Sir Ken Robinson, an international leader in the development of education, creativity, and innovation, says, “If you’re not prepared to be wrong, you’ll never come up with anything original.” Interestingly, there are two opposing forces at work in this statement: A desire for originality and an assurance that we won’t fail.
We want “Safe Innovation.”
That’s where we miss the mark. Creativity and innovation require a posture that’s okay with getting it wrong. In fact, if you’re innovating safely, you’re probably not innovating at all. That doesn’t mean that just because you’re wrong, you’re creative. But if you’re unwilling to embrace failure, innovation will never be your friend.
Robinson defines creativity as the process of having original ideas that have value. And those original ideas are simply not possible if we’re always fighting to be right. So here are three questions to consider about “being wrong” as you seek to cultivate original ideas:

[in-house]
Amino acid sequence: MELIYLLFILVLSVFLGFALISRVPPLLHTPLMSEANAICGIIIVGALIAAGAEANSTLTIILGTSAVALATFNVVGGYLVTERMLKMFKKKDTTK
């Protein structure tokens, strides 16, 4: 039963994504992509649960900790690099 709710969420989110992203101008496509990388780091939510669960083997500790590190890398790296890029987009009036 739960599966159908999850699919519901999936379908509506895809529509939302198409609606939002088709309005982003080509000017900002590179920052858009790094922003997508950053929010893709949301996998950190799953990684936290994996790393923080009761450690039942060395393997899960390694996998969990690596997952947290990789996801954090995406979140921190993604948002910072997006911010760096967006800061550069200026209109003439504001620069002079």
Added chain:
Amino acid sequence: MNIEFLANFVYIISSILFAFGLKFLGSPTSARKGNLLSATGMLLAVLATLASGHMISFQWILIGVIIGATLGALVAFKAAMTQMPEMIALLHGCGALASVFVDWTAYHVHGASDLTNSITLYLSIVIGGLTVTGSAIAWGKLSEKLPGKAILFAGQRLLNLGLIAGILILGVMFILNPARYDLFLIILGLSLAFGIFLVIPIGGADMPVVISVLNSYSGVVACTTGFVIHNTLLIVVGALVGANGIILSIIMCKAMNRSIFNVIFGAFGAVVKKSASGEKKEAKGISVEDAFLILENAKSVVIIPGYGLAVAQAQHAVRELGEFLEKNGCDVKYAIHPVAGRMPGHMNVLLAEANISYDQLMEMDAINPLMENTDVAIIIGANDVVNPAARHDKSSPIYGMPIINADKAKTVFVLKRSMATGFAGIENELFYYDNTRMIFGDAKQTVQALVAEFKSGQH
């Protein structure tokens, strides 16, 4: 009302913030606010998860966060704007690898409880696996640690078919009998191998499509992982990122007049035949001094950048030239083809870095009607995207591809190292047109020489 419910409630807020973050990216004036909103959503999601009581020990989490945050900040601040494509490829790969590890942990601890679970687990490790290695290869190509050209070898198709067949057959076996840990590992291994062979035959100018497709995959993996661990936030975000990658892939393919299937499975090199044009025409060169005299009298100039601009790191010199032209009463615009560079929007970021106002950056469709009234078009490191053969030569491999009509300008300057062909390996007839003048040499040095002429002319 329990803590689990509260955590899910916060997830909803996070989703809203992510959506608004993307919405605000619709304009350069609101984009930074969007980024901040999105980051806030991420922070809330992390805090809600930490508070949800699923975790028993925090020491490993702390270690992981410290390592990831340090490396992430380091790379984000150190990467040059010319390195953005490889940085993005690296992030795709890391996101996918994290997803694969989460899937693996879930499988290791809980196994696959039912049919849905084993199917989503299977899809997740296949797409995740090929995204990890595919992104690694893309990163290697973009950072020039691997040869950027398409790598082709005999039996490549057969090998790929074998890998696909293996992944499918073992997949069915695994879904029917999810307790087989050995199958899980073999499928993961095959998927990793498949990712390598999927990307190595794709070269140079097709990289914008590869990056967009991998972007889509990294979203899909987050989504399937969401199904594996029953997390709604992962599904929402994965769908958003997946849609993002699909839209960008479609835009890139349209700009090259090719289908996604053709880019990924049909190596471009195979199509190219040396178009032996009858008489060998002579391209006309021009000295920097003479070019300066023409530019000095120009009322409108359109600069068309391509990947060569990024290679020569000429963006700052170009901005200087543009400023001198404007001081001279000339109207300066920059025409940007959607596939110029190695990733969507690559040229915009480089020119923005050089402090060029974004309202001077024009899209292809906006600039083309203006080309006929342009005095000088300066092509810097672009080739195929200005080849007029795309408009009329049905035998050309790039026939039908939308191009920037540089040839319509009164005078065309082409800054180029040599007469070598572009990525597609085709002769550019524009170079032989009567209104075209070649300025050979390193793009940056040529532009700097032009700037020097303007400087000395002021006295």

- When was the last time you were wrong? Your answer to this question reveals how aggressive you are in creating and innovating. If it has been a while since you were wrong, you’re probably not too creative.
- What was your response to being wrong? Your answer to this question reveals how willing you are to admit somebody else’s idea is better than yours. If you responded poorly, your creativity is probably in neutral.
- How prepared are you to be wrong again? Your answer to this question reveals your readiness to venture outside of your comfort zone. Just because you failed doesn’t mean you’re a failure…it may mean you’re dancing on the edges of creativity.
So read Robinson’s words one more time: “If you’re not prepared to be wrong, you’ll never come up with anything original.” What thoughts would you add to Robinson’s insight?